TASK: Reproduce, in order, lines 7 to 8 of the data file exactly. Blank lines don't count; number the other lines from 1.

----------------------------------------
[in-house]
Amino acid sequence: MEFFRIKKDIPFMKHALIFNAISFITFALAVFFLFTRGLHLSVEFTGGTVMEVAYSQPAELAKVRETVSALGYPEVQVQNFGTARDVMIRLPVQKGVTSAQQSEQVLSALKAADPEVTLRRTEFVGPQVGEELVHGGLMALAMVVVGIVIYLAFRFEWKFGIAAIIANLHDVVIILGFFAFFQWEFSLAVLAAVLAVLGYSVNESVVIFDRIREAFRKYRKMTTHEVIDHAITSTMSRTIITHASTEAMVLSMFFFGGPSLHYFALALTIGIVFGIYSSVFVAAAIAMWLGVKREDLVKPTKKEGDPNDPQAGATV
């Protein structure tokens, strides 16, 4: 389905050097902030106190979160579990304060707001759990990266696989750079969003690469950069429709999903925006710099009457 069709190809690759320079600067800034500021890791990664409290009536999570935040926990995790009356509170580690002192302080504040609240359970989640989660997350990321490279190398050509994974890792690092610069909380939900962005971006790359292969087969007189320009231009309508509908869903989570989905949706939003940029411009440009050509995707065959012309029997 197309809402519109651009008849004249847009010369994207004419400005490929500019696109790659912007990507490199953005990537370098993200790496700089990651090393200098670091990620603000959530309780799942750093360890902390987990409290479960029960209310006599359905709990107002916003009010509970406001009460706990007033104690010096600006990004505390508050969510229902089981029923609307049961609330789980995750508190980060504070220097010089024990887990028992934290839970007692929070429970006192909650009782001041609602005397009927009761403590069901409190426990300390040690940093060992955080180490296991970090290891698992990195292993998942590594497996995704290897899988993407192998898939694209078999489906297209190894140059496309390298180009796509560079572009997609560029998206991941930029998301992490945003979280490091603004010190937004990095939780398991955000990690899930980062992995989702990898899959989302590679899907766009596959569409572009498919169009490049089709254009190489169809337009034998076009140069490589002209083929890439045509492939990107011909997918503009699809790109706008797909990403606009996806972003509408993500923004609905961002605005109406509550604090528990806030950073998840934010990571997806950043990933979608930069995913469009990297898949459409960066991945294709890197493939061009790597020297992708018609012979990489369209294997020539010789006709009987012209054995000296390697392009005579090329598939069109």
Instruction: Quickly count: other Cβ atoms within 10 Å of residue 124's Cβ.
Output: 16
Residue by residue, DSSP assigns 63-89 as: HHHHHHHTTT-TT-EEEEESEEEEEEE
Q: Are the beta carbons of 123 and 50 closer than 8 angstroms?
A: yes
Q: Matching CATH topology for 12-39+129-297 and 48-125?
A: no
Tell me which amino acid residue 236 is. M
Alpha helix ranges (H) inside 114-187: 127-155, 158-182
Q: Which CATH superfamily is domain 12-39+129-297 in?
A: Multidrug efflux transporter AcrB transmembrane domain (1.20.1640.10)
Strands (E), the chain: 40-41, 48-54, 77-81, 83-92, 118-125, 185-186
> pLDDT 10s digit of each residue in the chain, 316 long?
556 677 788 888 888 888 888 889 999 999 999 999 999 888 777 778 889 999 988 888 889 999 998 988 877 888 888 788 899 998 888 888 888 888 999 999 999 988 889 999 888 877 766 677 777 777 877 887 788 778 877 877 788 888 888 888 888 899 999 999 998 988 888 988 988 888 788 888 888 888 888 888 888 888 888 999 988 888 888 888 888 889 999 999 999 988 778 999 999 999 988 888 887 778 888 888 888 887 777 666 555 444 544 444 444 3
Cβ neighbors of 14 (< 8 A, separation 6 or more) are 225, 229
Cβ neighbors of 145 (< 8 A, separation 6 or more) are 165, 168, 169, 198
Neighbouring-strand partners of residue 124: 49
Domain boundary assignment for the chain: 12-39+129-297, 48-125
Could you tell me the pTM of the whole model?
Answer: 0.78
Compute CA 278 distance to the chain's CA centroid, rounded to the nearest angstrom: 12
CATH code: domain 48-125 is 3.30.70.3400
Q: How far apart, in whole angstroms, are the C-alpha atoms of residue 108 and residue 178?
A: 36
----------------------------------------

Q: Are the beta carbons of 123 and 50 closer than 8 angstroms?
A: yes